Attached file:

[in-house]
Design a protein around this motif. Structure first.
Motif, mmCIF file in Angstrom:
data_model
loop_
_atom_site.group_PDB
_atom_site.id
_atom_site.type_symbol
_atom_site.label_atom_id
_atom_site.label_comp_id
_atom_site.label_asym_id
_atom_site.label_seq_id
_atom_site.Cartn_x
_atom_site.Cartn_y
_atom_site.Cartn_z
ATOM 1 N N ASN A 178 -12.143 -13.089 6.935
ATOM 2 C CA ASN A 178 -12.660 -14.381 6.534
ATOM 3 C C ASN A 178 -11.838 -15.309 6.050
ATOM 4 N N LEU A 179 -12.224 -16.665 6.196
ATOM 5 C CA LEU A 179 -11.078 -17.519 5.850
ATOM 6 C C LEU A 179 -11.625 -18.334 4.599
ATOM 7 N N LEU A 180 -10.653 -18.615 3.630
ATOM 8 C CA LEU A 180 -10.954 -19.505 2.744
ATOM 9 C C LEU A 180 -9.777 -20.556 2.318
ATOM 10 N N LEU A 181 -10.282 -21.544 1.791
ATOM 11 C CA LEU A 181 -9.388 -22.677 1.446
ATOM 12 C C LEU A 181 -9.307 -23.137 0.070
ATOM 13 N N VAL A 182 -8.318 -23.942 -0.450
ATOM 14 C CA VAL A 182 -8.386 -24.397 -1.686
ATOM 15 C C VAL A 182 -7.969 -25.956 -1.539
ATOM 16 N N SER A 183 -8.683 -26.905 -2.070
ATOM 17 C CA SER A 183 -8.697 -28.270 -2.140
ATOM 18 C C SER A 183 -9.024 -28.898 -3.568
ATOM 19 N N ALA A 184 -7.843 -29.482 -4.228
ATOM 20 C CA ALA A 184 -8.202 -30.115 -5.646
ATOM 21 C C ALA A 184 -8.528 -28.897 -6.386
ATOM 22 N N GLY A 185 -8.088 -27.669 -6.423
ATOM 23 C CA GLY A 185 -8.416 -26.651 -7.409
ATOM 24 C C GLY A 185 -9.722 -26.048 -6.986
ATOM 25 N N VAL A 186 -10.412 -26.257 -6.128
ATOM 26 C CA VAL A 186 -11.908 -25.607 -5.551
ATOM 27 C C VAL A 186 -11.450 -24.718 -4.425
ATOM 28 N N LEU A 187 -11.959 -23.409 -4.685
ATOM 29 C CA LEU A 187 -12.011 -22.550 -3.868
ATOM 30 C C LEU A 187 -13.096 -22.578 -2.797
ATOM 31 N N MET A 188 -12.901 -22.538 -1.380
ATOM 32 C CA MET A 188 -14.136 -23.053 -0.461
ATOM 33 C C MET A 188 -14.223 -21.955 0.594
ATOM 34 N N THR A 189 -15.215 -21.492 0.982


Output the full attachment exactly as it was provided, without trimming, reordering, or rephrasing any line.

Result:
[in-house]
Design a protein around this motif. Structure first.
Motif, mmCIF file in Angstrom:
data_model
loop_
_atom_site.group_PDB
_atom_site.id
_atom_site.type_symbol
_atom_site.label_atom_id
_atom_site.label_comp_id
_atom_site.label_asym_id
_atom_site.label_seq_id
_atom_site.Cartn_x
_atom_site.Cartn_y
_atom_site.Cartn_z
ATOM 1 N N ASN A 178 -12.143 -13.089 6.935
ATOM 2 C CA ASN A 178 -12.660 -14.381 6.534
ATOM 3 C C ASN A 178 -11.838 -15.309 6.050
ATOM 4 N N LEU A 179 -12.224 -16.665 6.196
ATOM 5 C CA LEU A 179 -11.078 -17.519 5.850
ATOM 6 C C LEU A 179 -11.625 -18.334 4.599
ATOM 7 N N LEU A 180 -10.653 -18.615 3.630
ATOM 8 C CA LEU A 180 -10.954 -19.505 2.744
ATOM 9 C C LEU A 180 -9.777 -20.556 2.318
ATOM 10 N N LEU A 181 -10.282 -21.544 1.791
ATOM 11 C CA LEU A 181 -9.388 -22.677 1.446
ATOM 12 C C LEU A 181 -9.307 -23.137 0.070
ATOM 13 N N VAL A 182 -8.318 -23.942 -0.450
ATOM 14 C CA VAL A 182 -8.386 -24.397 -1.686
ATOM 15 C C VAL A 182 -7.969 -25.956 -1.539
ATOM 16 N N SER A 183 -8.683 -26.905 -2.070
ATOM 17 C CA SER A 183 -8.697 -28.270 -2.140
ATOM 18 C C SER A 183 -9.024 -28.898 -3.568
ATOM 19 N N ALA A 184 -7.843 -29.482 -4.228
ATOM 20 C CA ALA A 184 -8.202 -30.115 -5.646
ATOM 21 C C ALA A 184 -8.528 -28.897 -6.386
ATOM 22 N N GLY A 185 -8.088 -27.669 -6.423
ATOM 23 C CA GLY A 185 -8.416 -26.651 -7.409
ATOM 24 C C GLY A 185 -9.722 -26.048 -6.986
ATOM 25 N N VAL A 186 -10.412 -26.257 -6.128
ATOM 26 C CA VAL A 186 -11.908 -25.607 -5.551
ATOM 27 C C VAL A 186 -11.450 -24.718 -4.425
ATOM 28 N N LEU A 187 -11.959 -23.409 -4.685
ATOM 29 C CA LEU A 187 -12.011 -22.550 -3.868
ATOM 30 C C LEU A 187 -13.096 -22.578 -2.797
ATOM 31 N N MET A 188 -12.901 -22.538 -1.380
ATOM 32 C CA MET A 188 -14.136 -23.053 -0.461
ATOM 33 C C MET A 188 -14.223 -21.955 0.594
ATOM 34 N N THR A 189 -15.215 -21.492 0.982